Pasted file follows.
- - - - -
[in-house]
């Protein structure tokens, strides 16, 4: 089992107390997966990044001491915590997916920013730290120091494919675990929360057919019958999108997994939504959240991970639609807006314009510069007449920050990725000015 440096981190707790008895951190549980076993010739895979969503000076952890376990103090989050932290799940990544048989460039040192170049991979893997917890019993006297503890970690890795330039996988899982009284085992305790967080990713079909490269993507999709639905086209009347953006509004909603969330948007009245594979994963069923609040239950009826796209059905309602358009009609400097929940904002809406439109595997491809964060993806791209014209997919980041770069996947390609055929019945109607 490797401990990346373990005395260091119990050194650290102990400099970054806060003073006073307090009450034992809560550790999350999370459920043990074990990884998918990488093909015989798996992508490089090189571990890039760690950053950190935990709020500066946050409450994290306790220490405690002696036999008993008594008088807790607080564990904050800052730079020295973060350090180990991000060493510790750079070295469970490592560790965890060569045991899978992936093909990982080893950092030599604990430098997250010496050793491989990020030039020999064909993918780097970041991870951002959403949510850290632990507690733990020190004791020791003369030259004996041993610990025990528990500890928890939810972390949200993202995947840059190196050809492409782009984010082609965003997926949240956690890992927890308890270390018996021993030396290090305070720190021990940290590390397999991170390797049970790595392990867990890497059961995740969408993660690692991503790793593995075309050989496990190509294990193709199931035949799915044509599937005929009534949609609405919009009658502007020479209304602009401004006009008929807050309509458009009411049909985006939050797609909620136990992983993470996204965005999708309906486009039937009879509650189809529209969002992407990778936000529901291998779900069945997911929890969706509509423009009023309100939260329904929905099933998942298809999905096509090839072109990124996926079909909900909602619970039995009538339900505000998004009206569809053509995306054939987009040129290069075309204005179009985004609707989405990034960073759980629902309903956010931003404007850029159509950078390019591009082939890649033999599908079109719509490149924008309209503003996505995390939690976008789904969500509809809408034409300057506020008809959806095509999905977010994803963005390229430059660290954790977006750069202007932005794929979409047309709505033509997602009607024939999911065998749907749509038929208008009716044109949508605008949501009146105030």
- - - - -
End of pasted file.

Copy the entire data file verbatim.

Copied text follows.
[in-house]
């Protein structure tokens, strides 16, 4: 089992107390997966990044001491915590997916920013730290120091494919675990929360057919019958999108997994939504959240991970639609807006314009510069007449920050990725000015 440096981190707790008895951190549980076993010739895979969503000076952890376990103090989050932290799940990544048989460039040192170049991979893997917890019993006297503890970690890795330039996988899982009284085992305790967080990713079909490269993507999709639905086209009347953006509004909603969330948007009245594979994963069923609040239950009826796209059905309602358009009609400097929940904002809406439109595997491809964060993806791209014209997919980041770069996947390609055929019945109607 490797401990990346373990005395260091119990050194650290102990400099970054806060003073006073307090009450034992809560550790999350999370459920043990074990990884998918990488093909015989798996992508490089090189571990890039760690950053950190935990709020500066946050409450994290306790220490405690002696036999008993008594008088807790607080564990904050800052730079020295973060350090180990991000060493510790750079070295469970490592560790965890060569045991899978992936093909990982080893950092030599604990430098997250010496050793491989990020030039020999064909993918780097970041991870951002959403949510850290632990507690733990020190004791020791003369030259004996041993610990025990528990500890928890939810972390949200993202995947840059190196050809492409782009984010082609965003997926949240956690890992927890308890270390018996021993030396290090305070720190021990940290590390397999991170390797049970790595392990867990890497059961995740969408993660690692991503790793593995075309050989496990190509294990193709199931035949799915044509599937005929009534949609609405919009009658502007020479209304602009401004006009008929807050309509458009009411049909985006939050797609909620136990992983993470996204965005999708309906486009039937009879509650189809529209969002992407990778936000529901291998779900069945997911929890969706509509423009009023309100939260329904929905099933998942298809999905096509090839072109990124996926079909909900909602619970039995009538339900505000998004009206569809053509995306054939987009040129290069075309204005179009985004609707989405990034960073759980629902309903956010931003404007850029159509950078390019591009082939890649033999599908079109719509490149924008309209503003996505995390939690976008789904969500509809809408034409300057506020008809959806095509999905977010994803963005390229430059660290954790977006750069202007932005794929979409047309709505033509997602009607024939999911065998749907749509038929208008009716044109949508605008949501009146105030």